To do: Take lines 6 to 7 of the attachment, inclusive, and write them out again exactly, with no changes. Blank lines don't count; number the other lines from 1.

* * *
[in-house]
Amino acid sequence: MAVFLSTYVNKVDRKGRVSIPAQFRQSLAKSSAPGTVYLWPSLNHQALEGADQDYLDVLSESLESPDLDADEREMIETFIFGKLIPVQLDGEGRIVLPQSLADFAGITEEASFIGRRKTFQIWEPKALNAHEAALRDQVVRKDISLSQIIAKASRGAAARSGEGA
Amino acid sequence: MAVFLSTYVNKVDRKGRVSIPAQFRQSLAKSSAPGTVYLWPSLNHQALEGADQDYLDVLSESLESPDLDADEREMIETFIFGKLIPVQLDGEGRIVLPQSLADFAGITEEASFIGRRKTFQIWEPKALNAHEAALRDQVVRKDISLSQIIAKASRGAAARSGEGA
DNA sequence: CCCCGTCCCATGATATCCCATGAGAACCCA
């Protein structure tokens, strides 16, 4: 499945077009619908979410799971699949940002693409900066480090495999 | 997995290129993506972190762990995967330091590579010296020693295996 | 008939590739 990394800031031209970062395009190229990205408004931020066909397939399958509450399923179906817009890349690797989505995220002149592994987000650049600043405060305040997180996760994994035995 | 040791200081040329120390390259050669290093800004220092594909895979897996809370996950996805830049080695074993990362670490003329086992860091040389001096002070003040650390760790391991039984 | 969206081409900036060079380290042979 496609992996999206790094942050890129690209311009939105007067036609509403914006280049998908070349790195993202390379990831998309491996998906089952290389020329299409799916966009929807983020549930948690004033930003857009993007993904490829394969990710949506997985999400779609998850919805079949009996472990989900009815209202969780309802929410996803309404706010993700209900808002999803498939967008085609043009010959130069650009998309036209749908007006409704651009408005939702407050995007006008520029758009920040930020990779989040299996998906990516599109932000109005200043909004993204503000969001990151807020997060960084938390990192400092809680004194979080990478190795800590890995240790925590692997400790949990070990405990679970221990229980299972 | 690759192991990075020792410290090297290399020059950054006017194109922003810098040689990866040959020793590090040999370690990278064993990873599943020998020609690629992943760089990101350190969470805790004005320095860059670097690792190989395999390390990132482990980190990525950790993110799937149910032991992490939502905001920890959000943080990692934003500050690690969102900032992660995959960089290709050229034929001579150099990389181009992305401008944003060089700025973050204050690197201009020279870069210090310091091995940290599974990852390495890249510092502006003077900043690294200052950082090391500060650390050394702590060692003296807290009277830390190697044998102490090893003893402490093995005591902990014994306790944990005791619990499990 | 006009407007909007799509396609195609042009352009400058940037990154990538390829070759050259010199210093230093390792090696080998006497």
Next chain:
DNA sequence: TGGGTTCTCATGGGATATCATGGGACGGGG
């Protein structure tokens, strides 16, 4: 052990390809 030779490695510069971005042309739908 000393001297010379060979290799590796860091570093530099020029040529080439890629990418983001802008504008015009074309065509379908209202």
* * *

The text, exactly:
Next chain:
DNA sequence: TGGGTTCTCATGGGATATCATGGGACGGGG